I’ve actually been trying to figure this out for a character from one of my WIP’s that I’ve been playing with lately. The character is inconsistent at the best of times but I’m starting to see an underlying logic in her actions. She’s ridiculously optimistic. Her erratic actions and seemingly illogical behaviour actually come down to the fact that she genuinely believes that things will work out okay so you might as well jump. Now that I know where she’s coming from I can probably clear up some of her more bewildering actions and make it all kind of work out okay.

How about your characters? Optimists or pessimists?

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Animals as Characters

August 22, 2010 at 5:38 am (Character, Thoughts on Writing) (, , , , , , , , , , , , , )

I’m going to preface this post by pointing out that I really dislike animal movies. That is, movies where the main character is an animal that is befriended by a human and does a range of cutesy/mischievous things before ultimately solving some massive problem and healing all the wrongs in their friendly human’s life while giving us some moral message. There are a lot of these movies out there and they are well loved movies but they’ve never grabbed me as an audience member. Mostly because cute didn’t cut it for me as a replacement for story or character development even when I was a child and the overly moralistic message of so many of these movies seemed really condescending.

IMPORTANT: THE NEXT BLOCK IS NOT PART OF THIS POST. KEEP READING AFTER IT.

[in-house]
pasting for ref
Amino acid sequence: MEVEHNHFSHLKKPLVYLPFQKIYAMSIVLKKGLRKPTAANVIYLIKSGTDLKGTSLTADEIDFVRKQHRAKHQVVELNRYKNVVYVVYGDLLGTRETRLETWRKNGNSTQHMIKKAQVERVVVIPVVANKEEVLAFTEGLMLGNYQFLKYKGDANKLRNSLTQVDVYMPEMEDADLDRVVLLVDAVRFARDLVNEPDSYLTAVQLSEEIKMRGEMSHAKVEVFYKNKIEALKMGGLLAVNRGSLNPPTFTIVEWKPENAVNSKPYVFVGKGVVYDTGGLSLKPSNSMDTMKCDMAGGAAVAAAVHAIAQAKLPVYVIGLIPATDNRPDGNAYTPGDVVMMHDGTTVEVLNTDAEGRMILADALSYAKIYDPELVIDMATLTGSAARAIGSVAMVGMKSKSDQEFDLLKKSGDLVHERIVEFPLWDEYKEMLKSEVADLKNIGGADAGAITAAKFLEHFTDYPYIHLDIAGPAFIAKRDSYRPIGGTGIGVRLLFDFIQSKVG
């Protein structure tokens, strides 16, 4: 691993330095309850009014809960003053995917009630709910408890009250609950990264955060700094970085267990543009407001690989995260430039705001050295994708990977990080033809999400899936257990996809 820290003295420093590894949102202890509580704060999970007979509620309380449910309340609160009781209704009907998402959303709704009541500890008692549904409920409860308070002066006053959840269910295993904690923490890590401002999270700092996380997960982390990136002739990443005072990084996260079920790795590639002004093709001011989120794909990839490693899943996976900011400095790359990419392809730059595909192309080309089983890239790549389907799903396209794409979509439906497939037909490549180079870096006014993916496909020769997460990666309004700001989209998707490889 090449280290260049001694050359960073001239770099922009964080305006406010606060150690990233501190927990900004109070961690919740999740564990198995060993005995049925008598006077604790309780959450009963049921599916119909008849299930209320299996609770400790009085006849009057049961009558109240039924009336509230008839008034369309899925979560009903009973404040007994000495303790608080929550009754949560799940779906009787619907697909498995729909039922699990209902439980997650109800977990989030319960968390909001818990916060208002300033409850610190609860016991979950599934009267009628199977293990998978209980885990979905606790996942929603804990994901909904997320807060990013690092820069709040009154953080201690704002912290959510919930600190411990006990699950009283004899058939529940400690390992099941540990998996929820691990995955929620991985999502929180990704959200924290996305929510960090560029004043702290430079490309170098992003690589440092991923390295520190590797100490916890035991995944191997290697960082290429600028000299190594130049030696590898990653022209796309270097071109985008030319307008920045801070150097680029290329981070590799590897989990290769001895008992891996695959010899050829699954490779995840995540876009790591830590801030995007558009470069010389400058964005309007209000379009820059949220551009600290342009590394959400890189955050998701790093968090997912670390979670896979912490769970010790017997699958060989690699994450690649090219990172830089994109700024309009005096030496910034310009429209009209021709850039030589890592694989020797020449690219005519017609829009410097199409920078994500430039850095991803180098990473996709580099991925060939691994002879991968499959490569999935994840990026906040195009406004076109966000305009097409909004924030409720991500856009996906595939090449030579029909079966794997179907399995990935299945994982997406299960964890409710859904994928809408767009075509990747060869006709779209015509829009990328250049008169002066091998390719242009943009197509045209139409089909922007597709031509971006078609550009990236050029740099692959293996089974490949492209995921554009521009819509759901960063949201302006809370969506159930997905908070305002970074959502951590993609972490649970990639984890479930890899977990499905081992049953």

That said, I do like animals in stories. They can serve a valuable role and if well written can even have all the attributes of a full fledged character. There is a difference between a movie with an animal in it and an animal movie. Same with books.